Bloomberg Philanthropies’ American Cities Climate Challenge, Rocky Mountain Institute (RMI), World Resources Institute (WRI) and the Urban Sustainability Directors Network (USDN) have kicked off a joint effort to help U.S. cities procure over 2.8 GW of renewable capacity.
According to the partners, although more than 100 cities across the U.S. have made commitments to increase their use of renewable energy, the commitments come with challenges.
The new program, called the American Cities Climate Challenge Renewables Accelerator, will provide resources for cities to achieve their renewable goals with the help of RMI and WRI. The program will help cities procure large-scale, off-site renewable energy; deploy renewables locally; and navigate regulatory, policy and institutional barriers by engaging with utilities and policymakers.
“The role cities must play in spurring demand for renewable energy and accelerating the clean energy transition has never been more important,” says Antha N. Williams, head of environmental programs at Bloomberg Philanthropies. “We are excited to work with some of America’s most ambitious cities to deepen their renewable procurement efforts, tackle climate change and ultimately deliver for their communities.”
The effort will support the 25 winning cities selected for Bloomberg Philanthropies’ American Cities Climate Challenge and make assistance available to the nearly 200 USDN members seeking to power their communities with renewable energy. This week, representatives from more than two dozen cities and communities across the U.S. are meeting in Washington, D.C., to participate in training on renewables procurement approaches for large-scale, off-site clean energy projects.
Minneapolis, a Climate Challenge winner and Renewables Accelerator participant, is evaluating renewable procurement options as it develops a blueprint to power its entire community with 100% renewable energy by 2030.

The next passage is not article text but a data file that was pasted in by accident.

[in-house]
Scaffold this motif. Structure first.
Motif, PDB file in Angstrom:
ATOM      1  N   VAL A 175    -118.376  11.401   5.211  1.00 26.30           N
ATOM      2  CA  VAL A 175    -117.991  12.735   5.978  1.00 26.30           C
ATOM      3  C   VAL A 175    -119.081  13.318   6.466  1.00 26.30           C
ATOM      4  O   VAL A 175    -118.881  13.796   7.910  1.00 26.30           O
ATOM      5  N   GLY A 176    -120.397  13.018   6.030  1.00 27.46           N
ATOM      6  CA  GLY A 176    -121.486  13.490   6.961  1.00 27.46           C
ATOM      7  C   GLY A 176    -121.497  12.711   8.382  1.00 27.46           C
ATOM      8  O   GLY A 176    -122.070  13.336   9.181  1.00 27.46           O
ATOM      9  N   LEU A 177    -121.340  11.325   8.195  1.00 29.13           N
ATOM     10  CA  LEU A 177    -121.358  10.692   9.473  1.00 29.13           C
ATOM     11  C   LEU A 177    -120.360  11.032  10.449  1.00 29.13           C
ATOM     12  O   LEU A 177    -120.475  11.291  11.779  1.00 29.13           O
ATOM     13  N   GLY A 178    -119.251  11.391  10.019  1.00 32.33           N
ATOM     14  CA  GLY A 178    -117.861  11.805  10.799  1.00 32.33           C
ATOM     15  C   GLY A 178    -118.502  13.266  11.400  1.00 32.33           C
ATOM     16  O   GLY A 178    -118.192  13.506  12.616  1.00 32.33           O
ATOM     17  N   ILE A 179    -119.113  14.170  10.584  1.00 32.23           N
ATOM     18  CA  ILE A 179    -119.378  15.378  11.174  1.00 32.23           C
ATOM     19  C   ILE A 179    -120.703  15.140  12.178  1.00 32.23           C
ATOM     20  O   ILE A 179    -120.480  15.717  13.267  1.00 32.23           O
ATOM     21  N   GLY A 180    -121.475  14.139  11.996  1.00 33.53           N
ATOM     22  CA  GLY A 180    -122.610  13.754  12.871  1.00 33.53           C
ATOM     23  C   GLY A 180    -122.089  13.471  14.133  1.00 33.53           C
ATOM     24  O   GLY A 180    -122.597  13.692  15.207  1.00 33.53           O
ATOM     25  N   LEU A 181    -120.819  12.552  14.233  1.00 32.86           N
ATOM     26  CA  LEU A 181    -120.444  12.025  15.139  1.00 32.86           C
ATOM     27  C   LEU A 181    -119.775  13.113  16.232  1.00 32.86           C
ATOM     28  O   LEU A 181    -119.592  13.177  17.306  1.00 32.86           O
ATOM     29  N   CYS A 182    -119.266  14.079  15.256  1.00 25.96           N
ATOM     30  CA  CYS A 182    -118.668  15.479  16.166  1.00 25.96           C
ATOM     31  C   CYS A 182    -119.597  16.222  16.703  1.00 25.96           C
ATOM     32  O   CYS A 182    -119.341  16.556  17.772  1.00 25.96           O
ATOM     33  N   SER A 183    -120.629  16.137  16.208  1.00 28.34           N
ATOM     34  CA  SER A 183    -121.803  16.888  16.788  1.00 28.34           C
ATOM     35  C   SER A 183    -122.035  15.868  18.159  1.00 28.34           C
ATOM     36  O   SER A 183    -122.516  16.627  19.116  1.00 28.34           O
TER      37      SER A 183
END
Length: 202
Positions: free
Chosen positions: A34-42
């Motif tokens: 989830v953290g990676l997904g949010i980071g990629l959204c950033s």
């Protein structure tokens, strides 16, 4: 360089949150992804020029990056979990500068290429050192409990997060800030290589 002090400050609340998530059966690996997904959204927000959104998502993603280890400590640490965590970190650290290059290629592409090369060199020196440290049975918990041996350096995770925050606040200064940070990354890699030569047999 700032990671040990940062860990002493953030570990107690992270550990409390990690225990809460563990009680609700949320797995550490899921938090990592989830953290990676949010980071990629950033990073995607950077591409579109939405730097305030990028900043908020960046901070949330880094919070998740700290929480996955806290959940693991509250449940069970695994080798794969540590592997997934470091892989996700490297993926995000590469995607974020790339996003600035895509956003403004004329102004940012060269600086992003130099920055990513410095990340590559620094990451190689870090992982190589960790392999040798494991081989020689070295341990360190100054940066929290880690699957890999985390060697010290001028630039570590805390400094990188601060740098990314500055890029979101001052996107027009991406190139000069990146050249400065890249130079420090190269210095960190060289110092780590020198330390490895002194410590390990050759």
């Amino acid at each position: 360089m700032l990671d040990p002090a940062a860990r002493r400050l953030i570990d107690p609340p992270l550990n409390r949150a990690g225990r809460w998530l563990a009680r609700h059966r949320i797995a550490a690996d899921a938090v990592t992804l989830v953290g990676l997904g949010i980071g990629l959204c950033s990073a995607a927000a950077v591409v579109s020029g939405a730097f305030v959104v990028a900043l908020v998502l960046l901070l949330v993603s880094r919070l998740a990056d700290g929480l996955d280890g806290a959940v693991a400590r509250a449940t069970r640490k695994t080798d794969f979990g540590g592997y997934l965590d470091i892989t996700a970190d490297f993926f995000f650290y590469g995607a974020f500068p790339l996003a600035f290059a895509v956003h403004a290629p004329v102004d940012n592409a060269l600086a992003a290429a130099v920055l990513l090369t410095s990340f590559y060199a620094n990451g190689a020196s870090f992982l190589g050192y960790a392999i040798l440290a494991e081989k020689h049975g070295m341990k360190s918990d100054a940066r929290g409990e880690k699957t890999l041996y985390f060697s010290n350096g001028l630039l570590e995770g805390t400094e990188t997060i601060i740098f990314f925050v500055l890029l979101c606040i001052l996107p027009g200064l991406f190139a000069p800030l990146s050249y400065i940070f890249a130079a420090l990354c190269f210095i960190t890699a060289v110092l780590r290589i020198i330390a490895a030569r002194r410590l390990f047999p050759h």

“Many of the largest cities in the U.S. are working through these issues at the same time,” says Kim Havey, director of the City of Minneapolis’ division of sustainability. “Minneapolis is excited to work with the Renewables Accelerator to come up with innovative solutions that allow us and Xcel Energy, our utility, to work together on decarbonization and pave the way for other cities to follow suit.”
Pittsburgh, another Climate Challenge winner and Renewables Accelerator participant, hopes to encourage its region to move toward clean electricity by working with the Western Pennsylvania Energy Consortium (WPEC), which allows Pittsburgh to purchase energy on the wholesale market.
“Through WPEC, we’ve created the opportunity to influence how we source our electricity; the next step is legally enabling this group to directly procure or invest in large-scale clean energy projects,” notes Grant Ervin, chief resilience officer of the City of Pittsburgh. “With assistance from the Renewables Accelerator, we hope to make that goal a reality and enter into agreements that both have positive impacts locally and help Pittsburgh reach our 100 percent renewable energy commitment.”